Monday, October 18, 2010

The Arc of Teaching a Poem

by Baron Wormser and Dawn Potter
The Frost Place Conference on Poetry and Teaching

Begin by reading the poem aloud, slowly and distinctly so your students can hear the words. Poetry is an oral art and always wants to be heard.
As part of the oral reading, have your students write down the words of the poem as you read them. In other words, turn the reading into a dictation. Allow as much time as your students need to write down the words. Answer questions about punctuation and spelling as necessary. Begin with small amounts of poetry and gradually build. Two or three lines are fine to begin with.
Once the students have the words down on paper, the discussion of the poem can begin. Start by asking students what word in the poem they find most interesting and why. You can ask them all manner of questions about words, such as “what word surprises you? confuses you? stimulates you?” As the students respond, write down the words they mention on the blackboard—both specific words from the poem and key words in their responses. As this group response unfolds, start to create webs on the blackboard that connect one word with another.
A poem is a series of careful word choices. Any discussion of the words is bound to generate connections among the poem’s words that show how the poem coheres and generates meaning. Our analogy for discussing a poem is that the poem is a pebble dropped into the pond of consciousness. Like a pebble, the poem makes concentric circles that radiate outward. Those circles reach toward infinity. So the model for discussing is expansive. We want to show students how art reaches toward the infinite and how the words of the poem can demonstrate the poem’s richness. What we seek to avoid is the reductive approach—that is, narrowing the poem down to a kernel of meaning. People go to art to expand their feelings. Thus, in our discussion of a poem we seek to show the poem’s natural expansiveness and how the connections among the words are simultaneously infinite and genuine.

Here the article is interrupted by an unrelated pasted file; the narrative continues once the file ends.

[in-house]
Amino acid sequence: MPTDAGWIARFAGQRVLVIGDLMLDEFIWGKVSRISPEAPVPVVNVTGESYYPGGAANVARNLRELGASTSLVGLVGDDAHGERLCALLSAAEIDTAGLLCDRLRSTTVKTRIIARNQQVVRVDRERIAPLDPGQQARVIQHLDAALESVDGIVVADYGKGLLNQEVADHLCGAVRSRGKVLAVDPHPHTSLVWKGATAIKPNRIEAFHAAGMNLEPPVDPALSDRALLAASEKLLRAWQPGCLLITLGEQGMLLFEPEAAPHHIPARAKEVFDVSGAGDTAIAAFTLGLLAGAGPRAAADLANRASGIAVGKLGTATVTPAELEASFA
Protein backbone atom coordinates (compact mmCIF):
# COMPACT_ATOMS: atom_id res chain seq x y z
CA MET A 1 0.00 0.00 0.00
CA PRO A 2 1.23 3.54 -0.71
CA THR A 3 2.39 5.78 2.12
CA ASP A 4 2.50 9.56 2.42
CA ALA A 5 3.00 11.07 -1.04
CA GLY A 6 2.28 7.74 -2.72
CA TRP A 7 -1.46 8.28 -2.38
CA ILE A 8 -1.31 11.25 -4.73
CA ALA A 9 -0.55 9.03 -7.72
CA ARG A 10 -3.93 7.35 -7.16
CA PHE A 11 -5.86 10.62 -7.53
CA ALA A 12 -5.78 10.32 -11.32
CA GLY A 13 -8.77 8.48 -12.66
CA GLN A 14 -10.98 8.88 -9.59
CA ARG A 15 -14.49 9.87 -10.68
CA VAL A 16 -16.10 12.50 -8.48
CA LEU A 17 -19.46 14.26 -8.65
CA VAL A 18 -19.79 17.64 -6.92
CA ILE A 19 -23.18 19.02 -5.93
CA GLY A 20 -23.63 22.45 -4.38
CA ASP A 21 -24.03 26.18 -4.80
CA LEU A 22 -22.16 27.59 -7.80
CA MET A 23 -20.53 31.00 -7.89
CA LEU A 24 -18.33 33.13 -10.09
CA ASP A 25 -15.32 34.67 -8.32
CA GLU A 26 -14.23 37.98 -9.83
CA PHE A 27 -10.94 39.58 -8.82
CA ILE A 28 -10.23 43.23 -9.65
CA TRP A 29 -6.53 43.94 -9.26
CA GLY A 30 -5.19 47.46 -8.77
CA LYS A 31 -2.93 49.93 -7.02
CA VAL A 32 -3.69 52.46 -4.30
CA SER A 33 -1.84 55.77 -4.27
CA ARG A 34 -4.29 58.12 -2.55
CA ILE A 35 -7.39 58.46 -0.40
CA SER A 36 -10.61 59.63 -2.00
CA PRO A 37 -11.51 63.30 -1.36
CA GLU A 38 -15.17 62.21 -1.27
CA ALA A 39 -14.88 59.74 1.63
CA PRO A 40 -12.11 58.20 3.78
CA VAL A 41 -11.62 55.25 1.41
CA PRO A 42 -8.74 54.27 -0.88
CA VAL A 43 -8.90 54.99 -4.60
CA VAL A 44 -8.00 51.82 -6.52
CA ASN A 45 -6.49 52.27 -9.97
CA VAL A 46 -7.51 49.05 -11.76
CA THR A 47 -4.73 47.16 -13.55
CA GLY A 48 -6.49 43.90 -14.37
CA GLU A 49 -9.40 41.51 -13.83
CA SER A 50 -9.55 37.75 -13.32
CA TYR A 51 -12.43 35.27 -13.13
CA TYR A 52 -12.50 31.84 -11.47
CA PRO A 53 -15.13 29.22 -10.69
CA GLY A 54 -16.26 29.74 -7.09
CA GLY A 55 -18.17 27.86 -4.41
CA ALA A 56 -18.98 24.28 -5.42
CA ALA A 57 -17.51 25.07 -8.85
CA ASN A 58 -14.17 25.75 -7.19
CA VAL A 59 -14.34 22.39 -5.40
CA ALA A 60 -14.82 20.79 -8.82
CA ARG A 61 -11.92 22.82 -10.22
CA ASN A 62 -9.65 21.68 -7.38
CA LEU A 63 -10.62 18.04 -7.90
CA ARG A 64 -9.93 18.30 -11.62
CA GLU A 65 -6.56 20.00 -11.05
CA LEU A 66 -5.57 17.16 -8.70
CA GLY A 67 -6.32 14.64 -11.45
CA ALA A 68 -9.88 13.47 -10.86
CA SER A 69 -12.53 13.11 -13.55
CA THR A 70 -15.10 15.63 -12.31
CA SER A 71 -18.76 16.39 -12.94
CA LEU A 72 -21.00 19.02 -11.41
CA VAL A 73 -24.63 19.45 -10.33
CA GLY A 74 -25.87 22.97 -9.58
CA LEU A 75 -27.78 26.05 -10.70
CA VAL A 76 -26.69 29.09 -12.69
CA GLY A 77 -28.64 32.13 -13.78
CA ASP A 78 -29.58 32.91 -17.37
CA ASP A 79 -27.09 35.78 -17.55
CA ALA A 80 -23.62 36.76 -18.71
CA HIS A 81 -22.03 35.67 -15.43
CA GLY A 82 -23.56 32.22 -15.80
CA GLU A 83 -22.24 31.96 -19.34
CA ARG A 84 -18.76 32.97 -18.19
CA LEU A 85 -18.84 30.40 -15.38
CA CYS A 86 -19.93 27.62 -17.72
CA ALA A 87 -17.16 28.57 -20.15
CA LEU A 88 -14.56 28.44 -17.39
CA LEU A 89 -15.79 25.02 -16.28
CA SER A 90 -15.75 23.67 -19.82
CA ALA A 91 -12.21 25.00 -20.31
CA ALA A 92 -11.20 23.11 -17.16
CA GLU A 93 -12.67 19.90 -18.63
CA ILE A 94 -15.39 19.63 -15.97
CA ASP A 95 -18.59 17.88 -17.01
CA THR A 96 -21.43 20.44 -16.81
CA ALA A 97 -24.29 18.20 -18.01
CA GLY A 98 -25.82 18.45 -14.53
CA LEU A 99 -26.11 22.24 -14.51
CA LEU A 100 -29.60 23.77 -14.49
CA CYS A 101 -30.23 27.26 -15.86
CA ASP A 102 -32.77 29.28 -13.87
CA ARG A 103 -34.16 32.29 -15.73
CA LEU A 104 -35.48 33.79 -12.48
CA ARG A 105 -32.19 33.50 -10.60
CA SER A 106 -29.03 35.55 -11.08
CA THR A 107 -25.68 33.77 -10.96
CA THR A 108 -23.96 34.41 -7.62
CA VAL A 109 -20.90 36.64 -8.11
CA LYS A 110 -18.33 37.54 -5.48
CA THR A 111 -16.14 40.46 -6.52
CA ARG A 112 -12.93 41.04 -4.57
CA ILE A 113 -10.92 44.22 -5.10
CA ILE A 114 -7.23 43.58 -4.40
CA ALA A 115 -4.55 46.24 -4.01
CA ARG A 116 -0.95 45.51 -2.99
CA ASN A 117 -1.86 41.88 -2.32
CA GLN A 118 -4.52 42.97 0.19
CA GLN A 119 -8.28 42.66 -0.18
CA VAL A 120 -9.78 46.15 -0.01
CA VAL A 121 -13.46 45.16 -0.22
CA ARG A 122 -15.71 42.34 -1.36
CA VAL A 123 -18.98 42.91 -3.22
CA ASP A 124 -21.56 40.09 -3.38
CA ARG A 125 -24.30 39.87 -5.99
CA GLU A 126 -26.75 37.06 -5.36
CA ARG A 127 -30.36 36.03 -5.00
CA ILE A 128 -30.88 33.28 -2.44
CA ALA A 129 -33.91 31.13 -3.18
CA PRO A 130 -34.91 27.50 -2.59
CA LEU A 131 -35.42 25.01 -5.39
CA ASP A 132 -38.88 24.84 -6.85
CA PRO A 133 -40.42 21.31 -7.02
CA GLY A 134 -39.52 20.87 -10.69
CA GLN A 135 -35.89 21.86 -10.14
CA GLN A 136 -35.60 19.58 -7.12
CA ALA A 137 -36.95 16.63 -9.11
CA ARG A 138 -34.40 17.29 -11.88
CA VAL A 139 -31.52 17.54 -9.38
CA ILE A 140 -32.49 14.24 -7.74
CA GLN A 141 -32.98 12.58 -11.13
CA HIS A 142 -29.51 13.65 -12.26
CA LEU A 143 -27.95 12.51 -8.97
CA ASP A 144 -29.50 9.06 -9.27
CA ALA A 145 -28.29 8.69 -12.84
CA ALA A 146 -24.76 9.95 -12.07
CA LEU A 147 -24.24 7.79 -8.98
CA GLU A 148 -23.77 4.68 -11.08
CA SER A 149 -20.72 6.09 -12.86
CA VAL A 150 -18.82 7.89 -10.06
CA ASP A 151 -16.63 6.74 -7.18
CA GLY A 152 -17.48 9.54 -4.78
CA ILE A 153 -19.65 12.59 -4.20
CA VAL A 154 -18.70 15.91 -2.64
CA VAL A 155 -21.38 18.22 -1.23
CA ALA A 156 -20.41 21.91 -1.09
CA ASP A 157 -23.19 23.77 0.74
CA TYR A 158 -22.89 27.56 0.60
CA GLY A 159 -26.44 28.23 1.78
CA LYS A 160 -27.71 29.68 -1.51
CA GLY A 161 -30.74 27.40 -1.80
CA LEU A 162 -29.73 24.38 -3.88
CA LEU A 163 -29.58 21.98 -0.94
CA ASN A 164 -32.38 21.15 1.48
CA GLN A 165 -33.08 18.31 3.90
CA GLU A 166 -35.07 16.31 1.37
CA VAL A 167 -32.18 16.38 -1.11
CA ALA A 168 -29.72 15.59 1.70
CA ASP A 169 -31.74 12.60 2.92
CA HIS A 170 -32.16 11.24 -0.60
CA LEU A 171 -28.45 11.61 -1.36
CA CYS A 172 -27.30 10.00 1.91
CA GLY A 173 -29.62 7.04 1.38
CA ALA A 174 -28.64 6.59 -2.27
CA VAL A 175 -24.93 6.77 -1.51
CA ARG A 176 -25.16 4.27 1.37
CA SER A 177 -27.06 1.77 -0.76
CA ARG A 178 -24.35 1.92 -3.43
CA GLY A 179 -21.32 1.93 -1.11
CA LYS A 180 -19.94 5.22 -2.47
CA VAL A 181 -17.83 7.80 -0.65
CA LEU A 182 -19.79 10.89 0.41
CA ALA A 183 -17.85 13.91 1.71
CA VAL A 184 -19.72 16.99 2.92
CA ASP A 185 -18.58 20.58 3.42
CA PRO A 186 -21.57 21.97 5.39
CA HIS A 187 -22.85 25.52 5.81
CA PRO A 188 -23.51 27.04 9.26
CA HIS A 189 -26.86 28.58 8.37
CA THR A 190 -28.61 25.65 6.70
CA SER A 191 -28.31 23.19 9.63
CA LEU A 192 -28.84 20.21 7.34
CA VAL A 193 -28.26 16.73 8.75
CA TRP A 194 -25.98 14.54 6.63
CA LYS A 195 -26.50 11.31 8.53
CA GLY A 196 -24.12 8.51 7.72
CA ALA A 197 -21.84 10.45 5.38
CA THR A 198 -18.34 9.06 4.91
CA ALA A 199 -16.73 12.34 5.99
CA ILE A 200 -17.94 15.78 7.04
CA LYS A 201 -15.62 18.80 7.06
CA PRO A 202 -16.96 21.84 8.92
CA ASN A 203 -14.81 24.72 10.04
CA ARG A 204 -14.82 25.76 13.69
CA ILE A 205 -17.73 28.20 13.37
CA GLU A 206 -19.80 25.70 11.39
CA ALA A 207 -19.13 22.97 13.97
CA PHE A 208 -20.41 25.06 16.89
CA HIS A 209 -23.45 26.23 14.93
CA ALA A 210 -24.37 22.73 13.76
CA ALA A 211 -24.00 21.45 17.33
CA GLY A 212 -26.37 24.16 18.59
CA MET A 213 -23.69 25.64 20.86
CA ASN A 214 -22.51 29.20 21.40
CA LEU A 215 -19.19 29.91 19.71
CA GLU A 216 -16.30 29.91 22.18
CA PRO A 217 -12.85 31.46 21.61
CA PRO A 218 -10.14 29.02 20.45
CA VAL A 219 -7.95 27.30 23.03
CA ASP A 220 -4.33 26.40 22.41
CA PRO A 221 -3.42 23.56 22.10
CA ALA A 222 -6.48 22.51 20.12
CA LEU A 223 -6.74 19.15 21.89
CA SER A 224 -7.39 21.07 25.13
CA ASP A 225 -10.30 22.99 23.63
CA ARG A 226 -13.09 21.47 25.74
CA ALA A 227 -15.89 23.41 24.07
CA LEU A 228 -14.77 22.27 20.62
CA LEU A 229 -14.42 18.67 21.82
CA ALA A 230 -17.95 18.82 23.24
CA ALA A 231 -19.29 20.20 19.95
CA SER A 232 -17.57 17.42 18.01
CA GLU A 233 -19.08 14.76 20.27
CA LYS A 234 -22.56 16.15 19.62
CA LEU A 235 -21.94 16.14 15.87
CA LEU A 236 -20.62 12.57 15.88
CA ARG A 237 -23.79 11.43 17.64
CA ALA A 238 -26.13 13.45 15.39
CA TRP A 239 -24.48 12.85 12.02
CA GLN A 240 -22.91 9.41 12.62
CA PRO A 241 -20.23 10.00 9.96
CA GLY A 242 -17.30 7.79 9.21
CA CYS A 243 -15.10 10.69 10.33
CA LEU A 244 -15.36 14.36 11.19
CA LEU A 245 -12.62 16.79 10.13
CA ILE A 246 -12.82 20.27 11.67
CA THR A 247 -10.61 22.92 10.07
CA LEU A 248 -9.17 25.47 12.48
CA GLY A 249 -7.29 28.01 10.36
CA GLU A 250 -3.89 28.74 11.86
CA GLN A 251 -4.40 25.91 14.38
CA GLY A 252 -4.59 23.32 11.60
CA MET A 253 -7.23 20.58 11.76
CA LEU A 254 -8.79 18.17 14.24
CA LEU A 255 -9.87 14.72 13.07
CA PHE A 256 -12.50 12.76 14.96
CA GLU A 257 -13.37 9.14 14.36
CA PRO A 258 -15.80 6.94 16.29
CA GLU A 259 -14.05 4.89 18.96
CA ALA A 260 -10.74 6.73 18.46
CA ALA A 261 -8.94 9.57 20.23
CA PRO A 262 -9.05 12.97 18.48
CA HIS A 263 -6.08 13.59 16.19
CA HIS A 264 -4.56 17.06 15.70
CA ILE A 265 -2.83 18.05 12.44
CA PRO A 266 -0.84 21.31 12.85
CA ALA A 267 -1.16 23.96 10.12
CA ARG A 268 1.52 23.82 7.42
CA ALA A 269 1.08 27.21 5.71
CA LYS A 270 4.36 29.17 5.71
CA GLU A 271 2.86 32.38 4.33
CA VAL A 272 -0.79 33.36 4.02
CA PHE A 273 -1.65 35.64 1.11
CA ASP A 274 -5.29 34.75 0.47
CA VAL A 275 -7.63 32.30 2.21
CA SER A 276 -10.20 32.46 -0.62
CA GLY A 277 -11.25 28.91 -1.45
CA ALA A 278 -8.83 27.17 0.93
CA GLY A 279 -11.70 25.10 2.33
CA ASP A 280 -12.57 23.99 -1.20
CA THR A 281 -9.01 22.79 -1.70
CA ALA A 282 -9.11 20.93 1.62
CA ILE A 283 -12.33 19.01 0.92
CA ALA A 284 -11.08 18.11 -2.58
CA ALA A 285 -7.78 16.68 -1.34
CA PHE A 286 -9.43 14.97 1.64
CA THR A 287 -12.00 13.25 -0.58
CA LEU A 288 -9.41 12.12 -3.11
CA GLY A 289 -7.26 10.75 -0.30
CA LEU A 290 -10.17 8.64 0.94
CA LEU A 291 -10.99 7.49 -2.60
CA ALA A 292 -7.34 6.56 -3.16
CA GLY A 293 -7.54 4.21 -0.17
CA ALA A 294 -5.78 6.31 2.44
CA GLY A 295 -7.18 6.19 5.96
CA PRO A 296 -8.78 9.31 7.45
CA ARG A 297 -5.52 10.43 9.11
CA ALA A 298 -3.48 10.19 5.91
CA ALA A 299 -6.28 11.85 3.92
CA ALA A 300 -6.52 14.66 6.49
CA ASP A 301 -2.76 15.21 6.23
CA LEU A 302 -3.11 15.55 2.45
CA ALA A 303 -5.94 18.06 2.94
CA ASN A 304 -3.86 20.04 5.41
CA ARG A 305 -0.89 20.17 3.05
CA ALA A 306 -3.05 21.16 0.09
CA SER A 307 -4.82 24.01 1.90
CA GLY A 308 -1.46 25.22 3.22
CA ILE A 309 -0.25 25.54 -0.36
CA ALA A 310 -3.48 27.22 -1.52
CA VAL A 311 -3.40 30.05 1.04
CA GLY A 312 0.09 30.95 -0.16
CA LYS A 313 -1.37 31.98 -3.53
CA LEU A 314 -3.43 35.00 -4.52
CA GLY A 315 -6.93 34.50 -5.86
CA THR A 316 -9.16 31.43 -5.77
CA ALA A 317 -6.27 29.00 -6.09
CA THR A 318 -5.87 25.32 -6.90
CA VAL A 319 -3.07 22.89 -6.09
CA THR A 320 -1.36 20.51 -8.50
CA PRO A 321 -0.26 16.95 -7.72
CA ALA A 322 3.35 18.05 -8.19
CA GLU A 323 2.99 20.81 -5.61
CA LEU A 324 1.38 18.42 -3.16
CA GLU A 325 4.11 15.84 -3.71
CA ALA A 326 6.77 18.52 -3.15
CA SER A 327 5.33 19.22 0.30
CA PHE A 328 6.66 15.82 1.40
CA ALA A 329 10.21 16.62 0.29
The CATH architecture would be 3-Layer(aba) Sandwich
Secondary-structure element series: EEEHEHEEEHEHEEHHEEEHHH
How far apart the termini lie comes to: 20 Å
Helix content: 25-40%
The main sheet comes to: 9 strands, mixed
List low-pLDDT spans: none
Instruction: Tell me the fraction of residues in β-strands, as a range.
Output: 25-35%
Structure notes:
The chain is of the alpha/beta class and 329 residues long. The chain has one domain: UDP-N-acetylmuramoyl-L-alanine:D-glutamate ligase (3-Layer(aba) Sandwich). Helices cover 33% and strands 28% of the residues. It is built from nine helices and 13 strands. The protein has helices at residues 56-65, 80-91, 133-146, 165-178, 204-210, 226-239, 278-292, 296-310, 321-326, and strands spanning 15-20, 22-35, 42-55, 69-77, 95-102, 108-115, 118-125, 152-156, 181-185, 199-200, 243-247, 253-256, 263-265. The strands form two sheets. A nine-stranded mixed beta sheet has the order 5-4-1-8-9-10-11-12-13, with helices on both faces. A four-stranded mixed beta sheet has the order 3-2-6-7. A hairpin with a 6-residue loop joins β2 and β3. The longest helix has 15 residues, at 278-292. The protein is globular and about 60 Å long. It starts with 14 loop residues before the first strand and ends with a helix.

You can lead the word-choice discussion for as long as you deem it to be relevant; but the longer the discussion, the more likely the students will come to appreciate the care that went into making the poem. In addition, a lengthy discussion gives a greater number of students time to feel confident enough to share their thoughts and to realize that there is no single right answer. After mentioning word choice, you can ask questions about other aspects of the poem: line, metaphor, rhythm, sound, form, diction, etc. In other words, you can enrich students’ understanding of the poem by using word choice as a platform and then going further into the art of the poem.
After these sorts of discussions—word choice plus other artistic matters—students should be able to talk about the theme of the poem. We like to challenge our students to state the theme in a word or two, such as “fear,” “death,” “anxiety,” “love”—whatever large subjective or abstract words apply. Then we ask them to justify the theme by speaking or writing about the actualities of the poem: the word choices and the rest of the art used in making it.
The final stage is writing a poem based on the poem that has been discussed. The teacher can set up loose parameters for the writing assignment while still using the poem as a guide. Thus, Robert Frost’s “Stopping by Woods” might trigger students to write about being in a specific place and pausing to look at what is there. Every poem is a potential prompt. The cycle of writing down the original poem, discussing its actualities, and then writing a new poem helps students internalize the artistic process that went into making the original poem. They get to use their insights creatively.